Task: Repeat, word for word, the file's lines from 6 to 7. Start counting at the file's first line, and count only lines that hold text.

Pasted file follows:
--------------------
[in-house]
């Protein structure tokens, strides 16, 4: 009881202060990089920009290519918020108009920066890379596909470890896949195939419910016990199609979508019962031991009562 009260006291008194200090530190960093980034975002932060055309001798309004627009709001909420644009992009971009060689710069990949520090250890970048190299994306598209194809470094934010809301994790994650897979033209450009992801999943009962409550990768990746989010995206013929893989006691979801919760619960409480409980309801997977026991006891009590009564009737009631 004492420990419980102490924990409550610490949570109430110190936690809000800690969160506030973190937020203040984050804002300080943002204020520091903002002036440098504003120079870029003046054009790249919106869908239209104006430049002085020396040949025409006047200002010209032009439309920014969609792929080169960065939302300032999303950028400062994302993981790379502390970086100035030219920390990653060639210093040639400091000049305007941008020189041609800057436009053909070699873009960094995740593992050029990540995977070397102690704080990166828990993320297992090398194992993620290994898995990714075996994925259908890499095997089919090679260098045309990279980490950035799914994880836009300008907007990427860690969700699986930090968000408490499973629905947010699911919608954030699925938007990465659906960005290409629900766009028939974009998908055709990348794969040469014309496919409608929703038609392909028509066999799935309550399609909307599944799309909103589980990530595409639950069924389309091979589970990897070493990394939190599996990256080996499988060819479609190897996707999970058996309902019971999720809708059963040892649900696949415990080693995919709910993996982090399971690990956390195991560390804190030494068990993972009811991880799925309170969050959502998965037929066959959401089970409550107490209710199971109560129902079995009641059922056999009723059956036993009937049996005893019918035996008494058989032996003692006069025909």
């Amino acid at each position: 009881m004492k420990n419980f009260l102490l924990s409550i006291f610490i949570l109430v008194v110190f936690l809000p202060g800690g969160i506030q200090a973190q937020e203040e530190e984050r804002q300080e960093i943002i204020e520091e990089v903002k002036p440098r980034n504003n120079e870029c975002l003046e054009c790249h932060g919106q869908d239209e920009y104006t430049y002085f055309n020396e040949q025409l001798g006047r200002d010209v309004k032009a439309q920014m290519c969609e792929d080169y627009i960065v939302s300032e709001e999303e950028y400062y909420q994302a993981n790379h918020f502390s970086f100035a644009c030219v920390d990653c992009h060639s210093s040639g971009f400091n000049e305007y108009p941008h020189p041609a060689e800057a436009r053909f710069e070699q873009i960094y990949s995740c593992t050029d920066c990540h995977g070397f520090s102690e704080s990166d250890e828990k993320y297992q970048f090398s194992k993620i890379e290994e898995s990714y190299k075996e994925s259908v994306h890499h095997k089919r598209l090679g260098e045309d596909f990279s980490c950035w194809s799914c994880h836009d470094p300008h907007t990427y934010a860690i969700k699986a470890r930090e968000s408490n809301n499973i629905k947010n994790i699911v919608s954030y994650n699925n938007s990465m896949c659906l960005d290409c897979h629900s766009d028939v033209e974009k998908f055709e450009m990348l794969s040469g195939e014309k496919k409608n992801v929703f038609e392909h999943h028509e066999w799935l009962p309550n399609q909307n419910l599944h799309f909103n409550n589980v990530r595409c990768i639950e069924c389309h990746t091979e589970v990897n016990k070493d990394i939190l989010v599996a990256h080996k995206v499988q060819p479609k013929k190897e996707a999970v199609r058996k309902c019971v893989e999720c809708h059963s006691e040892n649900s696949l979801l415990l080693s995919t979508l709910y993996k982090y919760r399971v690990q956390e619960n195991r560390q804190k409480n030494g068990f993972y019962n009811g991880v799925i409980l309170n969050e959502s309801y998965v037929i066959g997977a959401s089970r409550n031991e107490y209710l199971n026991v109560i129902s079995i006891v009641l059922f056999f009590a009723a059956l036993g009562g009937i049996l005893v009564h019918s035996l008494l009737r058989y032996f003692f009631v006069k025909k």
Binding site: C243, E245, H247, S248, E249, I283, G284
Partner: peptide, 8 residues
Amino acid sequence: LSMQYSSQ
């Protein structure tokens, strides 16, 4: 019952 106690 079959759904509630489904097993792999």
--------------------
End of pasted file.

Amino acid sequence: LSMQYSSQ
């Protein structure tokens, strides 16, 4: 019952 106690 079959759904509630489904097993792999």